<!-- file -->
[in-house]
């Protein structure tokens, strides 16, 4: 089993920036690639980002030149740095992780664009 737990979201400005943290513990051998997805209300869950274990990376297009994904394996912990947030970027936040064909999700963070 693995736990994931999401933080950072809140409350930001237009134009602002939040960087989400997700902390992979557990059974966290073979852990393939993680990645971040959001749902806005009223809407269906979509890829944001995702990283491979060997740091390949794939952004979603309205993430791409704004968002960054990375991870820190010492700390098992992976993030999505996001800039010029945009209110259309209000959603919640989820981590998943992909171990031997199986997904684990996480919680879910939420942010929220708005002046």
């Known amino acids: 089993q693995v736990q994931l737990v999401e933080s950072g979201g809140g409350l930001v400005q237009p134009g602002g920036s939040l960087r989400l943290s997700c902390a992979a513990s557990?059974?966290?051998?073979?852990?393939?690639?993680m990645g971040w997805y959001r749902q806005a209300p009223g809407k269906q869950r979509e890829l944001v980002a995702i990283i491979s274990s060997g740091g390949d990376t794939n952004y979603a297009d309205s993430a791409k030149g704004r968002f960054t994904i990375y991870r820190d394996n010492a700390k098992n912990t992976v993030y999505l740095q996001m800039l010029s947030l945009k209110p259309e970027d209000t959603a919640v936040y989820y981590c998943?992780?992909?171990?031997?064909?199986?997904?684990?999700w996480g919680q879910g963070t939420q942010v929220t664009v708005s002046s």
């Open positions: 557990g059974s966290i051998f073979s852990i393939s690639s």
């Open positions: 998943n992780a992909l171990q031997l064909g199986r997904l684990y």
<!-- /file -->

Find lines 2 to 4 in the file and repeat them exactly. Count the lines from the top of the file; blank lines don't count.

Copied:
């Protein structure tokens, strides 16, 4: 089993920036690639980002030149740095992780664009 737990979201400005943290513990051998997805209300869950274990990376297009994904394996912990947030970027936040064909999700963070 693995736990994931999401933080950072809140409350930001237009134009602002939040960087989400997700902390992979557990059974966290073979852990393939993680990645971040959001749902806005009223809407269906979509890829944001995702990283491979060997740091390949794939952004979603309205993430791409704004968002960054990375991870820190010492700390098992992976993030999505996001800039010029945009209110259309209000959603919640989820981590998943992909171990031997199986997904684990996480919680879910939420942010929220708005002046």
């Known amino acids: 089993q693995v736990q994931l737990v999401e933080s950072g979201g809140g409350l930001v400005q237009p134009g602002g920036s939040l960087r989400l943290s997700c902390a992979a513990s557990?059974?966290?051998?073979?852990?393939?690639?993680m990645g971040w997805y959001r749902q806005a209300p009223g809407k269906q869950r979509e890829l944001v980002a995702i990283i491979s274990s060997g740091g390949d990376t794939n952004y979603a297009d309205s993430a791409k030149g704004r968002f960054t994904i990375y991870r820190d394996n010492a700390k098992n912990t992976v993030y999505l740095q996001m800039l010029s947030l945009k209110p259309e970027d209000t959603a919640v936040y989820y981590c998943?992780?992909?171990?031997?064909?199986?997904?684990?999700w996480g919680q879910g963070t939420q942010v929220t664009v708005s002046s």
């Open positions: 557990g059974s966290i051998f073979s852990i393939s690639s």